To evaluate the serum complement component (C)3 concentration in patients with primary open-angle glaucoma (POAG) and to investigate the association between C3 levels and POAG severity.
This study enrolled 190 consecutive POAG patients and 204 normal control subjects. A detailed eye and systematic examination, including intraocular pressure, gonioscopy, fundus photography, A-scan ultrasound, visual field testing, electrocardiograms, x-rays, liver function, renal function, infectious disease, etc., and measurement of serum C3 concentration by immunoturbidimetry, was performed. The subgroups were classified according to age (17 to 29, 30 to 49, 50 to 69, 70+ y), sex, and visual field: mild (MD≤6 dB), moderate (6 dB<MD≤12 dB), and severe (MD>12 dB) glaucoma.
The serum C3 level of the POAG (95.63±17.71 mg/dL) was ∼20.93% lower than that of the control group (115.65±22.19 mg/dL) (P<0.001). A similar result was observed when serum levels of C3 were compared between the POAG and control groups with respect to age and sex. The mean serum C3 level was lowest in the severe POAG group (85.18±19.62 mg/dL), followed by the moderate POAG group (96.62±12.63 mg/dL) and the mild POAG group (110.44±14.89 mg/dL) (P<0.001). Multiple logistic regression analyses revealed a significant correlation between the C3 levels and the vertical cup-disc ratio (B=−0.373, P=0.026), C3 levels and MD (B=−0.546, P=0.001). Logistic regression analyses revealed that serum C3 levels were associated (odds ratio=0.939, 95% CI=0.901-0.979, P=0.003) with severity of POAG.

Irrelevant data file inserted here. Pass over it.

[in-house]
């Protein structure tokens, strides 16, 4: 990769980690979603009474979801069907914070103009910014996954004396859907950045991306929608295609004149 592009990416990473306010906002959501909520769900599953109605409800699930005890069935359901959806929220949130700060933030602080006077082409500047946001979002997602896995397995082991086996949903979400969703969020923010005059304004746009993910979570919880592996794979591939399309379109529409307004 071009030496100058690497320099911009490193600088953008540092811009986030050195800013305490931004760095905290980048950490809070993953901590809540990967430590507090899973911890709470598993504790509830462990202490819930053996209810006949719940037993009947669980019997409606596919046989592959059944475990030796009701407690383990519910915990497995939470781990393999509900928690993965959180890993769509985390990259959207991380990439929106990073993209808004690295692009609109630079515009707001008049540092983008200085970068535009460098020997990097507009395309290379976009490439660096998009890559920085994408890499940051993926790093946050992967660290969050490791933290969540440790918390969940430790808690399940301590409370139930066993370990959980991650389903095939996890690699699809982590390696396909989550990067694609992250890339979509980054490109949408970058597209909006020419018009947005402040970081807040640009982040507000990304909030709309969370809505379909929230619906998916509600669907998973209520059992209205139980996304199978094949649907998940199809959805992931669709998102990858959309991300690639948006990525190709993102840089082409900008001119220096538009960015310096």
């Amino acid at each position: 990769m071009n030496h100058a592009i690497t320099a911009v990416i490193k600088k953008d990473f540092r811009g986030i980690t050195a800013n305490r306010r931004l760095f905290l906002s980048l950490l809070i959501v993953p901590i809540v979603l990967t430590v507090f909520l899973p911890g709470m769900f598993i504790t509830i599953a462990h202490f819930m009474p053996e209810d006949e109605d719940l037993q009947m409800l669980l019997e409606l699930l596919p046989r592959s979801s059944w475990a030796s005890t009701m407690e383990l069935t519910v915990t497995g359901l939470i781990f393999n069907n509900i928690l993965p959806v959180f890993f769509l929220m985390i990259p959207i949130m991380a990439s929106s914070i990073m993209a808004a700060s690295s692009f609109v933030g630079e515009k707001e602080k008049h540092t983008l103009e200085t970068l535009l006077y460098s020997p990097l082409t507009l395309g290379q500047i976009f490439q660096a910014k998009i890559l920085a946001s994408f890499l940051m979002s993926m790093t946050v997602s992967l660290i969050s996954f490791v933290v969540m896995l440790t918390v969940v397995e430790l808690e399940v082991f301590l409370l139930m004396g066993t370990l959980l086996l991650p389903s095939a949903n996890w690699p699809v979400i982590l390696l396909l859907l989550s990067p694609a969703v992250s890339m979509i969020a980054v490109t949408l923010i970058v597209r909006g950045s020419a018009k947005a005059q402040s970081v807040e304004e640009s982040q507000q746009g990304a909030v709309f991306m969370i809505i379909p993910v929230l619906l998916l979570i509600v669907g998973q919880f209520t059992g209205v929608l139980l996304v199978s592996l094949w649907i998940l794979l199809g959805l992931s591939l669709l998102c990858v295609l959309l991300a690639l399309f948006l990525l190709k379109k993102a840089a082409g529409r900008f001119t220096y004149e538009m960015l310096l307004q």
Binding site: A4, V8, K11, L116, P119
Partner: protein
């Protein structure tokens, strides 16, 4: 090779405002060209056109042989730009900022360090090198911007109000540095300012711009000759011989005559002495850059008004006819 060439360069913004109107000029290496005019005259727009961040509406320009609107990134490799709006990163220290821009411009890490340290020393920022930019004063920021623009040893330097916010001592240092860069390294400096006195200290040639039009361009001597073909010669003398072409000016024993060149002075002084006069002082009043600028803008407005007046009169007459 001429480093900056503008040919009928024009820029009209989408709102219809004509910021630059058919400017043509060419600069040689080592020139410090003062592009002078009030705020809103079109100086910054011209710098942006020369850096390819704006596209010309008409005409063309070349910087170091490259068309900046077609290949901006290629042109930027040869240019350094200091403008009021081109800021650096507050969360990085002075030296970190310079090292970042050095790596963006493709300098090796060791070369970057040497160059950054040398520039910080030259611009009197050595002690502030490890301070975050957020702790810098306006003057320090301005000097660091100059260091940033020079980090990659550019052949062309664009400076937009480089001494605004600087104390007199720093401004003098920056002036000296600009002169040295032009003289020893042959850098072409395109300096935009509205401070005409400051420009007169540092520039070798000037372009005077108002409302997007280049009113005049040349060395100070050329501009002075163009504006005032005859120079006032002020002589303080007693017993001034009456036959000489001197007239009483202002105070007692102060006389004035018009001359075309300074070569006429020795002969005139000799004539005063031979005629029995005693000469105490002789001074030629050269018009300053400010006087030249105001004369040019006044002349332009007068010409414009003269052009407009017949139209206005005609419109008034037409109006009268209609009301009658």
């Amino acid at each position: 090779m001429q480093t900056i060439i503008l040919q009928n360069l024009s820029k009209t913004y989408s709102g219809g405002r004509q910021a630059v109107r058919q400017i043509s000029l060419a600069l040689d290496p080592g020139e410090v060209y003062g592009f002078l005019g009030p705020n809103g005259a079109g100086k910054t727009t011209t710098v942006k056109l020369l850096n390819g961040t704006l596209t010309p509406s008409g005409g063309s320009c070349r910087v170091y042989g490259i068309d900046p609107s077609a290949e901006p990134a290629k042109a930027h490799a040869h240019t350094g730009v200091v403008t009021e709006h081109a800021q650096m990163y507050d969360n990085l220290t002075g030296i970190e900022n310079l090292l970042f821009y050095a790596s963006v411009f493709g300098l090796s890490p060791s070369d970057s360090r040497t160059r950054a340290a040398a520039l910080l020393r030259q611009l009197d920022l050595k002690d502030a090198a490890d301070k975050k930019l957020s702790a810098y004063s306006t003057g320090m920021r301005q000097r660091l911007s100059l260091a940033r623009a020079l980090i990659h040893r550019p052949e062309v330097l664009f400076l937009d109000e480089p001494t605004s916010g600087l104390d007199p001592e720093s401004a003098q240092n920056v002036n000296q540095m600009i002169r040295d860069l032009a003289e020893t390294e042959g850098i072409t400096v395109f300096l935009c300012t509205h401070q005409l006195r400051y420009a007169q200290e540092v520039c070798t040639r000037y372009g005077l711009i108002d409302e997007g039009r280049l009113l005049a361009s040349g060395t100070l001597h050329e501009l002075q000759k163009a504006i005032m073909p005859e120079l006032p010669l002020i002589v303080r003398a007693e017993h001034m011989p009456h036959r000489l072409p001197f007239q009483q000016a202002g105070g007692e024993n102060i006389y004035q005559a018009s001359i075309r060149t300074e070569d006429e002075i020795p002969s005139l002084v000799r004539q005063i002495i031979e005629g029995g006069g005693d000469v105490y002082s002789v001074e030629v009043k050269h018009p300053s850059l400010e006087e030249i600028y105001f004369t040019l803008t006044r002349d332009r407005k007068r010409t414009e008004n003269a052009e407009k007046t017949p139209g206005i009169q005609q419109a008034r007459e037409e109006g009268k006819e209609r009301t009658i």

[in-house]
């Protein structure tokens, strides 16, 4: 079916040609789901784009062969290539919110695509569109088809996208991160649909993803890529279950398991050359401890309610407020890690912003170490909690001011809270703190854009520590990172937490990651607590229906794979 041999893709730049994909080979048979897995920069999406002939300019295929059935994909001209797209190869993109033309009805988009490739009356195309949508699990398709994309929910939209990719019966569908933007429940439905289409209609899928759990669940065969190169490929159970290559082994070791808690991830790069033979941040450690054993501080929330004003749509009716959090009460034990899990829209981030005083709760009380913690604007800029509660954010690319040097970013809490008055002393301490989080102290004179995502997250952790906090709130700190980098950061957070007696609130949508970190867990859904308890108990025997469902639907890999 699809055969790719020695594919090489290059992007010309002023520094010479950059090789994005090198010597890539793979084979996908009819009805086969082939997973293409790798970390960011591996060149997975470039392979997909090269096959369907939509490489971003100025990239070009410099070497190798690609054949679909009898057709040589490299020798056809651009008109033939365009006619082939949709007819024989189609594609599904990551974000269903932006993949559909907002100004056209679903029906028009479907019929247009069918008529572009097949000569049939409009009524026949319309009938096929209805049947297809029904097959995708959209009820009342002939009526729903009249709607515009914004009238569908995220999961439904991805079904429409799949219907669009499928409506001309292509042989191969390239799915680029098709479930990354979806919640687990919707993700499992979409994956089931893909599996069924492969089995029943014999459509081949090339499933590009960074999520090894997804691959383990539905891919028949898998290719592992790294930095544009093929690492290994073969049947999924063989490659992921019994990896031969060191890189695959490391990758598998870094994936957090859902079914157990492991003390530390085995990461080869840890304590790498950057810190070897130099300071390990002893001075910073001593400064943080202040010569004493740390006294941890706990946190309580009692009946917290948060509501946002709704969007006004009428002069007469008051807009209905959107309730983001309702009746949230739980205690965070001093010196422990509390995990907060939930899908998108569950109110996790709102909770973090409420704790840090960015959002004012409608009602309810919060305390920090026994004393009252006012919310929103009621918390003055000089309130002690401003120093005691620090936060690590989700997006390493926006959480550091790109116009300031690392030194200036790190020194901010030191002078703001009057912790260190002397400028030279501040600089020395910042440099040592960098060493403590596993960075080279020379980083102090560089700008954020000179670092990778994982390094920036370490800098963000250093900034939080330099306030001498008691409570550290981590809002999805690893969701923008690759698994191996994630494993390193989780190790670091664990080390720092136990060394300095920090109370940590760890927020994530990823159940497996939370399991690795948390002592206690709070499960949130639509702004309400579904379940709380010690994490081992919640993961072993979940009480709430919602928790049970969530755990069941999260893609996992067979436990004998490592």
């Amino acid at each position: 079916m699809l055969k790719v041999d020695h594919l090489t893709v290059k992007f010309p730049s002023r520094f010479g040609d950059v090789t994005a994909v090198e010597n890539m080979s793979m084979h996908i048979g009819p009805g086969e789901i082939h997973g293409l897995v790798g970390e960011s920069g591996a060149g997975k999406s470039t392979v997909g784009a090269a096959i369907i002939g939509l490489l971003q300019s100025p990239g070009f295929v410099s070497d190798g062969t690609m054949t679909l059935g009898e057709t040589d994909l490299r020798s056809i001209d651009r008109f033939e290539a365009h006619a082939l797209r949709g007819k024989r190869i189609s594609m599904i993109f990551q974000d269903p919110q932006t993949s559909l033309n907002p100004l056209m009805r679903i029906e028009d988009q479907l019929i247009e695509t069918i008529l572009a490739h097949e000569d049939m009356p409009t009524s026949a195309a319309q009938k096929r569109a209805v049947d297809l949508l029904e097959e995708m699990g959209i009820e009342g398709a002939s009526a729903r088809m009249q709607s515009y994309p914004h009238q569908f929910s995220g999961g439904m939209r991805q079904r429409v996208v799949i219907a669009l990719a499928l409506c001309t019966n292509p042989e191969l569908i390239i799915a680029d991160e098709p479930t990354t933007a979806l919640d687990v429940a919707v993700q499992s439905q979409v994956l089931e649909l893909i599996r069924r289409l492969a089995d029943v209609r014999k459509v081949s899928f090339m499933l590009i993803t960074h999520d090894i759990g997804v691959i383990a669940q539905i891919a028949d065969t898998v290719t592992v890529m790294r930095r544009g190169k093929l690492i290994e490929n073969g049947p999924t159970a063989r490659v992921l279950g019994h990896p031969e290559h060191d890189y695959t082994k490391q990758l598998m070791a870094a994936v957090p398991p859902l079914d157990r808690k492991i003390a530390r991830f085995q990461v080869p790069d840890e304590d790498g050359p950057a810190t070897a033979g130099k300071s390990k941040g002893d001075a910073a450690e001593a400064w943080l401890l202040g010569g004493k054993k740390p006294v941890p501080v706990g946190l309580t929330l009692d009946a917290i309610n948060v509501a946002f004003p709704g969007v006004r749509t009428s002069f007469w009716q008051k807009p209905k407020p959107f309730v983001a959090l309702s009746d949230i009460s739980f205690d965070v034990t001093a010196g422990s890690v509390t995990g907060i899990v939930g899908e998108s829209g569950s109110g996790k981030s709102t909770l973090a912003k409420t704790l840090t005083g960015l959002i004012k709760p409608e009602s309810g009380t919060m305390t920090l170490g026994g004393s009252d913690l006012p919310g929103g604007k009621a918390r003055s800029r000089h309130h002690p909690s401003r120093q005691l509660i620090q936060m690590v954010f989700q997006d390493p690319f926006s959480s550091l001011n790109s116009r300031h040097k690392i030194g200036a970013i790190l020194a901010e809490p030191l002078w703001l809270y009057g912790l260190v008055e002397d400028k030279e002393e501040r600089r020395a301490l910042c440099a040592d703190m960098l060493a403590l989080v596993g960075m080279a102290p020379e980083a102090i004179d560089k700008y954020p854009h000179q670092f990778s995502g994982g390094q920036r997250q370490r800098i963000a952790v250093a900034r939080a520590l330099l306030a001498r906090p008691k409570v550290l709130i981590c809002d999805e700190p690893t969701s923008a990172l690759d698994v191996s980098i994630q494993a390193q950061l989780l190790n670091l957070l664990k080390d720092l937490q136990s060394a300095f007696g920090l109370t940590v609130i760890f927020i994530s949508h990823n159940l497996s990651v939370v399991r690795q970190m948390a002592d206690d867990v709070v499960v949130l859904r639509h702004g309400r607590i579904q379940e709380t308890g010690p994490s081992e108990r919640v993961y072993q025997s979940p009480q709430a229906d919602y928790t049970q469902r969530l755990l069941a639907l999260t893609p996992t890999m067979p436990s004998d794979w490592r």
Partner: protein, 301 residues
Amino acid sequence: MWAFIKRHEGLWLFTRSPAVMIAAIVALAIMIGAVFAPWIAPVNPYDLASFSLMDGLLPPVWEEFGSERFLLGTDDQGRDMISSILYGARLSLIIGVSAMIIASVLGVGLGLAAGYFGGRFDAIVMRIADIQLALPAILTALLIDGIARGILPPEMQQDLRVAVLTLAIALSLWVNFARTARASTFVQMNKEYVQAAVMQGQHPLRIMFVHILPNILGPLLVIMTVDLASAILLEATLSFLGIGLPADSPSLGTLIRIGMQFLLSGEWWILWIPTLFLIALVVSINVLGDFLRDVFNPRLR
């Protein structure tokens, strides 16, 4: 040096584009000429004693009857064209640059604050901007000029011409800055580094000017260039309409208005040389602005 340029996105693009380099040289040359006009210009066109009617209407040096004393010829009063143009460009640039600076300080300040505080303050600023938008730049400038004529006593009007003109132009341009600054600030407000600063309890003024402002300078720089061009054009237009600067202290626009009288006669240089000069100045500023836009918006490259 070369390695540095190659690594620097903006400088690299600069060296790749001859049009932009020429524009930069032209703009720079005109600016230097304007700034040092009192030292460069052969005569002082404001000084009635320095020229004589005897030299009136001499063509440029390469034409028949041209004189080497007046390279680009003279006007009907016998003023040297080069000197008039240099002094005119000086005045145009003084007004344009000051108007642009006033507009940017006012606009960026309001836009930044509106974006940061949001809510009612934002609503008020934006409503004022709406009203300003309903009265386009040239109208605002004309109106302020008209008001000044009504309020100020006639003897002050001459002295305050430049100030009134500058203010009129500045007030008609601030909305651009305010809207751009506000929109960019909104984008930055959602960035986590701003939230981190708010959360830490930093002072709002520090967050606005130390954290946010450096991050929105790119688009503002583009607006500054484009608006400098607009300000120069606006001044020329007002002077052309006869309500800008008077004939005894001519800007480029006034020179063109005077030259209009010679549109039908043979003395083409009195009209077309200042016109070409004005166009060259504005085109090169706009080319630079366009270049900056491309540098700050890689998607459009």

The POAG patients had decreased C3 levels, which were further negatively associated with POAG severity, suggesting the involvement of C3 in the pathomechanisms of POAG.
Departments of *Clinical Laboratory
†Ophthalmology & Visual Science, Eye & ENT Hospital, Shanghai Medical College, Fudan University
§State Key Laboratory of Medical Neurobiology, Institutes of Brain Science and Collaborative Innovation Center for Brain Science, Fudan University
∥Key Laboratory of Myopia, Ministry of Health, Fudan University
¶Shanghai Key Laboratory of Visual Impairment and Restoration, Fudan University, Shanghai
‡Key Laboratory of Environment and Genes Related to Diseases, Ministry of Education, Medical School, Xi’an Jiaotong University, Xi’an, Shanxi, China
Supported by Shanghai Sailing Program (18YF1403500), Shanghai Municipal Commission of Health and Family Planning (20174Y0169).
Disclosure: The authors declare no conflict of interest.
Reprints: Wenjun Cao, MD, No. 83 Fenyang Road, Shanghai 200031, China (e-mail: firstname.lastname@example.org).
Received February 10, 2018
Accepted June 16, 2018